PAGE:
And this problem is only getting worse in recent years. Between 2014 and 2017, defamation cases taken in the Circuit Courts increased over fivefold. I don't have last year's figures but, judging by the newspapers, I'd bet it's still on the rise.
All Circuit Court defamation cases are not everyday defamation but most of them are. Libel and other types of defamation would tend, as a rule, to be dealt with in the High Court.
You will notice, too, that many of the cases of everyday defamation you read about involve a claim of €75,000 - which reflects the maximum you can claim in the Circuit Court. For every lawyer trying to drum up these claims, there are lawyers trying to help businesses avoid it. Indeed, often the same lawyers are doing both, playing both sides of the fence.
For example, retailers are being warned by their lawyers there is evidence that people are actively setting up these claims.
For example, to prove defamation, the slander needs to have been broadcast to other people. So to make sure you have an obliging witness when you take your claim, it's a good idea to bring along a friend. So this is what potential claimants will often do.
Another trick, apparently, is to act suspicious and shifty, as if you might be concealing a product on you. In other words, look like you might be shoplifting but don't actually shoplift. You may have seen CCTV going around of various people trying to set up security guards. The sleight of hand can be quite amazing - you'd swear they had taken something but they haven't. Pretend shoplifting is becoming a more valuable skill than real shoplifting.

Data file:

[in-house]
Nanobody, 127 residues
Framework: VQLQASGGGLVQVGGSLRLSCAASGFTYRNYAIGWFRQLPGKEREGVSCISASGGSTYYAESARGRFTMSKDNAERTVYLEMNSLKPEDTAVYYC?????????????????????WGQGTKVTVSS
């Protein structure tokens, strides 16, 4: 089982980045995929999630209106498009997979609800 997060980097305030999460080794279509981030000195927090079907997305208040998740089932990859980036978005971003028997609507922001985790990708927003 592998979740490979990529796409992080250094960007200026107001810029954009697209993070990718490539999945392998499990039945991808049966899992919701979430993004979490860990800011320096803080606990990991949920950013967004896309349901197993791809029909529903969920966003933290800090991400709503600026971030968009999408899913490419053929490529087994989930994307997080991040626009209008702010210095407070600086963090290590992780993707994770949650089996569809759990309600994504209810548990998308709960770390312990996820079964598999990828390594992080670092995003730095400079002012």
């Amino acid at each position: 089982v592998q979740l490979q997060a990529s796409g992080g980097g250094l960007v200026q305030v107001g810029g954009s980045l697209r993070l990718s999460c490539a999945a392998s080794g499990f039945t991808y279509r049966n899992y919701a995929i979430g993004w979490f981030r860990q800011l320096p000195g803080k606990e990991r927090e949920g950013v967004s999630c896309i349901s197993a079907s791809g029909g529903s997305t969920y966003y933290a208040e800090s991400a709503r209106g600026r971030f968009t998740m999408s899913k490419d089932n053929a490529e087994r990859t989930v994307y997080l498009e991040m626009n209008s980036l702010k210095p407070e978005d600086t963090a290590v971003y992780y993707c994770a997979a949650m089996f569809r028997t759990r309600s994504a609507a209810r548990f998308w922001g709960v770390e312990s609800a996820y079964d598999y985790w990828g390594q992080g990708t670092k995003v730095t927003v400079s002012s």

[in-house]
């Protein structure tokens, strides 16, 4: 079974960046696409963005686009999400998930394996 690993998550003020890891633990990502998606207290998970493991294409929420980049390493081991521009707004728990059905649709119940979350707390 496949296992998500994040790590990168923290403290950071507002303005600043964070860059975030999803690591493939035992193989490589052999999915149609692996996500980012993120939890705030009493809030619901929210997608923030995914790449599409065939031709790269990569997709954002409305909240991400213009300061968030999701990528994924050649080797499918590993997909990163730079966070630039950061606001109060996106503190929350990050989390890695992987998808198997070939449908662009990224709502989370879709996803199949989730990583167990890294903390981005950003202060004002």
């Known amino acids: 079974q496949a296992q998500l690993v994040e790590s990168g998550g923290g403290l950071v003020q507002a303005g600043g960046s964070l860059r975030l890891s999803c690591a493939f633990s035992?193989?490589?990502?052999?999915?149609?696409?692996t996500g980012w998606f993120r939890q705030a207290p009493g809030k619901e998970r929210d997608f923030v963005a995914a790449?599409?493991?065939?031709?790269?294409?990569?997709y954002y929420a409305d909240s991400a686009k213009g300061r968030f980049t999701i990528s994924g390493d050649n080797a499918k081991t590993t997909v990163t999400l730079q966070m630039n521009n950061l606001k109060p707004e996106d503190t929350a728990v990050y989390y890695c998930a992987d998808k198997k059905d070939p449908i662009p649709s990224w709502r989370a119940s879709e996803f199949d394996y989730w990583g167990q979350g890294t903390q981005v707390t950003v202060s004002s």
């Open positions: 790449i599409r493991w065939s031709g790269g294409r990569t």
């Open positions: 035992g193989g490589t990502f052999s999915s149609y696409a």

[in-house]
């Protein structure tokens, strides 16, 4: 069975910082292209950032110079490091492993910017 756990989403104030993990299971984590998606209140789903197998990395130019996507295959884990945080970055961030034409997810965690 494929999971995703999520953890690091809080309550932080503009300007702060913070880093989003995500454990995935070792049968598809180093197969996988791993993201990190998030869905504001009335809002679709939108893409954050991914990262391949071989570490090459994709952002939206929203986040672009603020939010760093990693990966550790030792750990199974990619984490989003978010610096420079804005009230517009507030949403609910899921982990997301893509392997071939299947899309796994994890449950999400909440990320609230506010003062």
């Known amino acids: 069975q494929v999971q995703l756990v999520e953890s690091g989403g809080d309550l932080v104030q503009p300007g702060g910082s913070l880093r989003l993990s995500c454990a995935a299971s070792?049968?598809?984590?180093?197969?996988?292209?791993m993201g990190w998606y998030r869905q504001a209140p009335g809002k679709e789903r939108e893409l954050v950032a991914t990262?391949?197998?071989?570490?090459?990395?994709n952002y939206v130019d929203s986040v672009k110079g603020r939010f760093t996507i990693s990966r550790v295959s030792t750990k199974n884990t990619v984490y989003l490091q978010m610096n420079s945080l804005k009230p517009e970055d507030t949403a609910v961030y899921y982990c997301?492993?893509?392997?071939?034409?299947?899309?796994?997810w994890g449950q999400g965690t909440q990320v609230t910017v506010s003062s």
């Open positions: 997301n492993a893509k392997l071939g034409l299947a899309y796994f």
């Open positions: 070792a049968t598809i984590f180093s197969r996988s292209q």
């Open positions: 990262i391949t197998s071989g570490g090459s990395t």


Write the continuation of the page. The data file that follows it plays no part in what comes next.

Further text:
Apparently the ideal situation, and somewhat of an emerging trend in the area, is to get somebody to accuse a child of shoplifting. That's the jackpot in everyday defamation as claims involving a minor are very difficult for a retailer to defend.
Such is the fear of everyday defamation, there are new rules around approaching suspected shoplifters. Retailers are being warned a single staff member should never approach a suspected shoplifter any more.
Staff, like the potential defamee, need to work in pairs apparently. And indeed you can't accuse anyone of shoplifting any more either.
The focus of your language should be that you, the retailer, may have failed to charge, rather than suggesting the potential shoplifter may have failed to pay. So any potential shoplifting isn't the shoplifter's fault, it's your fault.
The reality is there are many more of these claims than those that make it to the courts or into the papers. Because the reality is that many defamed non-shoplifters are happy to accept a settlement of a smaller amount, with their legal bills paid. Everyone's a winner.
The retailer gets off lightly, the claimant banks less money but without the risk of some interfering judge throwing the case out and the lawyers, as always, get their fees.
You will notice I am not referencing any cases, successful or unsuccessful. You can understand why. These claimants are very protective of their reputations and so are their lawyers.
So watch out for everyday defamation. It's the hot new trend on the High Street. Let's hope it doesn't catch on too much.